Academic journal article
By Silverman, Stephen
JOPERD--The Journal of Physical Education, Recreation & Dance , Vol. 68, No. 3
As athletes continually try to increase their performance, they often turn to ergogenic aids. Nutritional supplementation has long been a method for trying to improve performance. Excessive amounts of money are spent each year on products that claim to enhance performance. It almost seems that as athletes and coaches experiment with the latest nutritional supplements, sports scientists are left trying to produce research to support or refute the claims made by the proponents of such aids. Recently, the use of creatine monohydrate supplementation to improve performance has become widespread. There are still many questions with regard to the effects of creatine supplementation. Volek and Kraemer (1996) have discussed the theoretical basis for creatine supplementation and reviewed what is known about its effects on human performance.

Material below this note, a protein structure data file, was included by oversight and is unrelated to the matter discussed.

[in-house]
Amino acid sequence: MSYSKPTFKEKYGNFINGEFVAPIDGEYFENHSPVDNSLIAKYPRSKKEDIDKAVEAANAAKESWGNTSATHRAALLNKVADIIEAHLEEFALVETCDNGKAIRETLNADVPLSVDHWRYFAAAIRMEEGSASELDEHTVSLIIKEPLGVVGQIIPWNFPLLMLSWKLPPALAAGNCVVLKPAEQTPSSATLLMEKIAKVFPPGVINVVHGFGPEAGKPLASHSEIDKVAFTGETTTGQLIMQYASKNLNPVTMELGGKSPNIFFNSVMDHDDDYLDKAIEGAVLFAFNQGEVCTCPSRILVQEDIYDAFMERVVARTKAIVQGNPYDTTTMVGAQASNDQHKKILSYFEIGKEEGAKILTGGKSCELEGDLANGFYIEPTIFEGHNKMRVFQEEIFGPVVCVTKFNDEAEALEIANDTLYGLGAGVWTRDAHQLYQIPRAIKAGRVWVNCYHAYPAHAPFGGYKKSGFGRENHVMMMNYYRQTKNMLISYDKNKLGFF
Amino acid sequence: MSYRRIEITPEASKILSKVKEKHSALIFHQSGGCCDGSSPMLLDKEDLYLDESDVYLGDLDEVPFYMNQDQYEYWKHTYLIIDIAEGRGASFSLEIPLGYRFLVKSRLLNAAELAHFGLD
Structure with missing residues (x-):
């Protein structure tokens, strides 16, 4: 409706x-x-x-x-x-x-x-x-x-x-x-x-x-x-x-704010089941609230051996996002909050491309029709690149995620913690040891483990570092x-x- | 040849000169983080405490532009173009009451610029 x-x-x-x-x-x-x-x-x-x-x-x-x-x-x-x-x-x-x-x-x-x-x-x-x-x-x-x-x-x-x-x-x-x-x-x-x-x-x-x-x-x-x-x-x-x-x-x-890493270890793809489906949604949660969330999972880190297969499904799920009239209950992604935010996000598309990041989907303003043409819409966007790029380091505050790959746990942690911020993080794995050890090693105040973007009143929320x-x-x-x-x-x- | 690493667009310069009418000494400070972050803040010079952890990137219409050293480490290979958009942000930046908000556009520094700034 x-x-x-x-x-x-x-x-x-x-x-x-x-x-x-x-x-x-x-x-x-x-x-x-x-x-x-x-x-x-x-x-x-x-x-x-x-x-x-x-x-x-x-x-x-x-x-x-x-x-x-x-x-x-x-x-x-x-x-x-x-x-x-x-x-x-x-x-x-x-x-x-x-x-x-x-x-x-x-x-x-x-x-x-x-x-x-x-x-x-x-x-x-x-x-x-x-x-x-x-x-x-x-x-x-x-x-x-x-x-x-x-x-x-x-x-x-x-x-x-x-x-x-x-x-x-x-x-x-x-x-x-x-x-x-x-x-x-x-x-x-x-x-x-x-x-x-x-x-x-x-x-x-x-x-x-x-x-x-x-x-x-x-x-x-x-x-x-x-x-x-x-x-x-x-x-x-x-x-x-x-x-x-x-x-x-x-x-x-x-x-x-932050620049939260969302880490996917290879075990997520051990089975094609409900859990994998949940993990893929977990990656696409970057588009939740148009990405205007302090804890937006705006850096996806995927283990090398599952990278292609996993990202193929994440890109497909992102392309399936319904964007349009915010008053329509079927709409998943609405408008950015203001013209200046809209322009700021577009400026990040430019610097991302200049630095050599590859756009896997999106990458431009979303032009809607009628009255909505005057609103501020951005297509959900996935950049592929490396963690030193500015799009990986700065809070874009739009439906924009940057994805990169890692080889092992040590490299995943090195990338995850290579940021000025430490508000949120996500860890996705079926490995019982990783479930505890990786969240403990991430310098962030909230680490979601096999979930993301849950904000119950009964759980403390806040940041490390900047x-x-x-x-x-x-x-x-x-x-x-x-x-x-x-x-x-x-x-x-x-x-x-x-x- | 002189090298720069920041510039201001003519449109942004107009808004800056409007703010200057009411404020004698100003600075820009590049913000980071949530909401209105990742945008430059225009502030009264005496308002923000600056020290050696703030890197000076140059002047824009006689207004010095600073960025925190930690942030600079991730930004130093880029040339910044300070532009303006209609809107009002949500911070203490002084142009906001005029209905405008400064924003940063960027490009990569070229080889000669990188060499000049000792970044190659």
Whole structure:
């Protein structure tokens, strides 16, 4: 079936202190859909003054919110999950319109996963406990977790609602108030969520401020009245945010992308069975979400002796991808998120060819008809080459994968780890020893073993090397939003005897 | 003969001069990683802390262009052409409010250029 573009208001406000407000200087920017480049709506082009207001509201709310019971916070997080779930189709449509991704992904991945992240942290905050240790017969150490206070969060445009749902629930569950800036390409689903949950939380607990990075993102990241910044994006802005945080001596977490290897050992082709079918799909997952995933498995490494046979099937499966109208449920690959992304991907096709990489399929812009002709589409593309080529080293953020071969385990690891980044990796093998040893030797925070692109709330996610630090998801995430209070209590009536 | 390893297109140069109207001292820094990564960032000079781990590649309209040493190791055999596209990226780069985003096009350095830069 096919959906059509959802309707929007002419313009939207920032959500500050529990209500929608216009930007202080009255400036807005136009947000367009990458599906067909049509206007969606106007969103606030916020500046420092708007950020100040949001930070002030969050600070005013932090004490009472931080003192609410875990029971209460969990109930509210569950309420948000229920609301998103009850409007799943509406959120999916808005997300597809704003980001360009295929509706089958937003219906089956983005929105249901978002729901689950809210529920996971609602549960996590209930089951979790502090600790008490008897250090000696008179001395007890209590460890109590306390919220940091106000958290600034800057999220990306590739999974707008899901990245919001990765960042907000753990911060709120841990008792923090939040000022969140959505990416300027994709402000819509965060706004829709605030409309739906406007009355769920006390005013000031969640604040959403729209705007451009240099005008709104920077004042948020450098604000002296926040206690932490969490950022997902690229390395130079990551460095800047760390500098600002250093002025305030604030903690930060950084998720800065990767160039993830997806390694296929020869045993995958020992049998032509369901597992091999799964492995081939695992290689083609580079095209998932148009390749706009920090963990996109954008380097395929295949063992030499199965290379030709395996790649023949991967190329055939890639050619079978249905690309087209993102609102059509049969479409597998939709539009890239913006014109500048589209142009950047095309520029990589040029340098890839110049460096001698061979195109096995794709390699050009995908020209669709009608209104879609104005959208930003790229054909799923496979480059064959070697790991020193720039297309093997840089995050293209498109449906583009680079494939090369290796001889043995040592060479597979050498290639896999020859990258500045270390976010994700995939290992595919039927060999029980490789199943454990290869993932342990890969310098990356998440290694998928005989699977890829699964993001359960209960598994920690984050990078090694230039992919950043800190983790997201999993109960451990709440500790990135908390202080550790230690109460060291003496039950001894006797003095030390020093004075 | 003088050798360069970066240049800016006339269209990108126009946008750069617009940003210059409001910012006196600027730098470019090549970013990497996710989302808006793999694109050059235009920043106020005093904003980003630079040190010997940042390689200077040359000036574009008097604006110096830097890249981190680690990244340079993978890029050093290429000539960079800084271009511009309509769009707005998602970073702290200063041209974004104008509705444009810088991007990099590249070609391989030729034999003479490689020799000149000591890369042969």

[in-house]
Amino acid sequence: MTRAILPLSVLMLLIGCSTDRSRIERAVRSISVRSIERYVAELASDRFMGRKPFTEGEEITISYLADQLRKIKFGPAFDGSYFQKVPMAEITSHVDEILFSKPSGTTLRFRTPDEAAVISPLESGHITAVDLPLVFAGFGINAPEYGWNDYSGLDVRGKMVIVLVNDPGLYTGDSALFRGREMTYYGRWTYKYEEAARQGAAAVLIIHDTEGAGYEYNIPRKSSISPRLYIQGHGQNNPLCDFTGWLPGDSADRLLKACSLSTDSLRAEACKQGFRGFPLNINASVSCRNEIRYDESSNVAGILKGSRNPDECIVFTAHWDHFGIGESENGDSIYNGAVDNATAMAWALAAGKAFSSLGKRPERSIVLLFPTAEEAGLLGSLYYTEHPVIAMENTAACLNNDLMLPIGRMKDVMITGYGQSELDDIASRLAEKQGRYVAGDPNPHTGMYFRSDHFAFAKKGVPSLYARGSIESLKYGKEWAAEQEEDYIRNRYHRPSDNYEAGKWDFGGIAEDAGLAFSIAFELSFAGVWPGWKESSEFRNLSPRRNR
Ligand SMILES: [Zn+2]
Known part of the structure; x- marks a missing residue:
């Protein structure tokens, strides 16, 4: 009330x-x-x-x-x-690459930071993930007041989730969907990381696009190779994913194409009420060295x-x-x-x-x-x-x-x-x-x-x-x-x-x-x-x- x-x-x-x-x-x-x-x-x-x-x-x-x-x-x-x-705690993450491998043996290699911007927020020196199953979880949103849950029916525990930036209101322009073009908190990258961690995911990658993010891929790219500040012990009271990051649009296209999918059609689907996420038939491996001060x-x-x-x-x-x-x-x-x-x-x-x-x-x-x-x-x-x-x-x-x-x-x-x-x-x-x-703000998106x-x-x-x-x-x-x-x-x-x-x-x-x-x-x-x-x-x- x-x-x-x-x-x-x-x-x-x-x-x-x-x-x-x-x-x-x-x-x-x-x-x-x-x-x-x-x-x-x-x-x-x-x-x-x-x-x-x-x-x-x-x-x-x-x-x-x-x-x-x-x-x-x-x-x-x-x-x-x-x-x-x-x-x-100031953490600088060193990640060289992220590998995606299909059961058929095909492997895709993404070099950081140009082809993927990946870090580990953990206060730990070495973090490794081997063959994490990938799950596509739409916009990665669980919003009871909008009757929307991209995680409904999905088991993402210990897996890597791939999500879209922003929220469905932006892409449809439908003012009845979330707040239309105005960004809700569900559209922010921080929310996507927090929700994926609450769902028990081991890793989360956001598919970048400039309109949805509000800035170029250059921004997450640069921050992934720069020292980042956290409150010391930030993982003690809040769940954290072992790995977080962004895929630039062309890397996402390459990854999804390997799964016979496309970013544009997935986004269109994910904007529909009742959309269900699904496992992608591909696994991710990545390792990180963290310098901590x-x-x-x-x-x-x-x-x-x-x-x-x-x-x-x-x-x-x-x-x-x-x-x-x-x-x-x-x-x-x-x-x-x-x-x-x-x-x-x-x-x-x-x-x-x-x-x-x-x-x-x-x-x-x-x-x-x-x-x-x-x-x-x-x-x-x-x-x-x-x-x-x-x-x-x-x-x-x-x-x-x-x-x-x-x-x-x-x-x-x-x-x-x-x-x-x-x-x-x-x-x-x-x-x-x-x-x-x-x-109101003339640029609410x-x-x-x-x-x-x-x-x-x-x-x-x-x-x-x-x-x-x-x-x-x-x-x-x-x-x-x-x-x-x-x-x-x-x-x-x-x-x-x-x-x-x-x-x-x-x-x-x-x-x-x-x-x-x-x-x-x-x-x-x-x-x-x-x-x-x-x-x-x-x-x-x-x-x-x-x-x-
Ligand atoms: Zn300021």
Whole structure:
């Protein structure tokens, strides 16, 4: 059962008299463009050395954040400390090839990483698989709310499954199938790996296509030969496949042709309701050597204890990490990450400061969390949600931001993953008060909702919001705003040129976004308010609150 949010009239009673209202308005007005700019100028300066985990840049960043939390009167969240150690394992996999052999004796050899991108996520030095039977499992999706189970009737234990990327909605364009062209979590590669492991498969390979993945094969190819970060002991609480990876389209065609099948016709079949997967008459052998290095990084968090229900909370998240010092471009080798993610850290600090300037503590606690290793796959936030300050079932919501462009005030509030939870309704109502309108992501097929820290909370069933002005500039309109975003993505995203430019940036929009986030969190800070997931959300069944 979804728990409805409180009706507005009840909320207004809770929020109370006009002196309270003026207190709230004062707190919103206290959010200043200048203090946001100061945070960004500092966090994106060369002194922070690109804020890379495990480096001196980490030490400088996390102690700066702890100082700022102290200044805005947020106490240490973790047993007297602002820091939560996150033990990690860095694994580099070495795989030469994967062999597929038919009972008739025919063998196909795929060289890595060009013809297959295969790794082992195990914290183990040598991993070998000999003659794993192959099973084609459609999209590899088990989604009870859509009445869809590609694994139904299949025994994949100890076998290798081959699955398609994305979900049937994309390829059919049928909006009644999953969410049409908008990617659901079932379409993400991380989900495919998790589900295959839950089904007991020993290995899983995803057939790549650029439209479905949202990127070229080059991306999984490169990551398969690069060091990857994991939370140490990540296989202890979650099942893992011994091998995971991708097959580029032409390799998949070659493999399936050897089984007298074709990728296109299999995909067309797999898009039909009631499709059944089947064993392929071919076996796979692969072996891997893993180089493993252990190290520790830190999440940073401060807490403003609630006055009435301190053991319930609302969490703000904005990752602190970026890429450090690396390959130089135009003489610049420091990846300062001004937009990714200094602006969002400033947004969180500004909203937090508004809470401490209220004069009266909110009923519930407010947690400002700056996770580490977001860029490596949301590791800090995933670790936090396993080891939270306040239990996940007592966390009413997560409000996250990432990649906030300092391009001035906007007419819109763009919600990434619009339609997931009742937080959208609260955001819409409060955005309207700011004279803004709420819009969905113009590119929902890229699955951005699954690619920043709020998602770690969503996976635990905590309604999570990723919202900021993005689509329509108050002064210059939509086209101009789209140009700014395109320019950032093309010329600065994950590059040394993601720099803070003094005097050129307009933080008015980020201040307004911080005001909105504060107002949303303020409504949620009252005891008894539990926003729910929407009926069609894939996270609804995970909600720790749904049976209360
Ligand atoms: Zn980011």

Theoretically, creatine supplementation for the ATP-CP system has been compared to carbohydrate loading for the aerobic energy system. Creatine plays an integral part in energy metabolism during short-duration, high-intensity work, as a substrate in the form of phosphocreatine. As the authors of this review summarize, research has shown that supplementation of 20-30 g of creatine monohydrate per day for 6 days may increase both plasma and intra-muscular levels of creatine, and phosphocreatine as much as 40 percent. The greatest increases, however, have been noted in the subjects with the lowest initial baseline levels of creatine. This may indicate that the effects of creatine supplementation may be limited in those subjects who have initially higher intramuscular creatine levels. Creatine monohydrate supplementation may increase phosphocreatine resynthesis and therefore reduce recovery time so that more anaerobic work may be performed in a shorter amount of time. Finally, increases in maximal strength and total work have been shown in creatine monohydrate supplemented subjects. The only reported side effect related to creatine monohydrate supplementation, to date, appears to be an increase in total body mass. It is unknown exactly in what form this increase occurs. …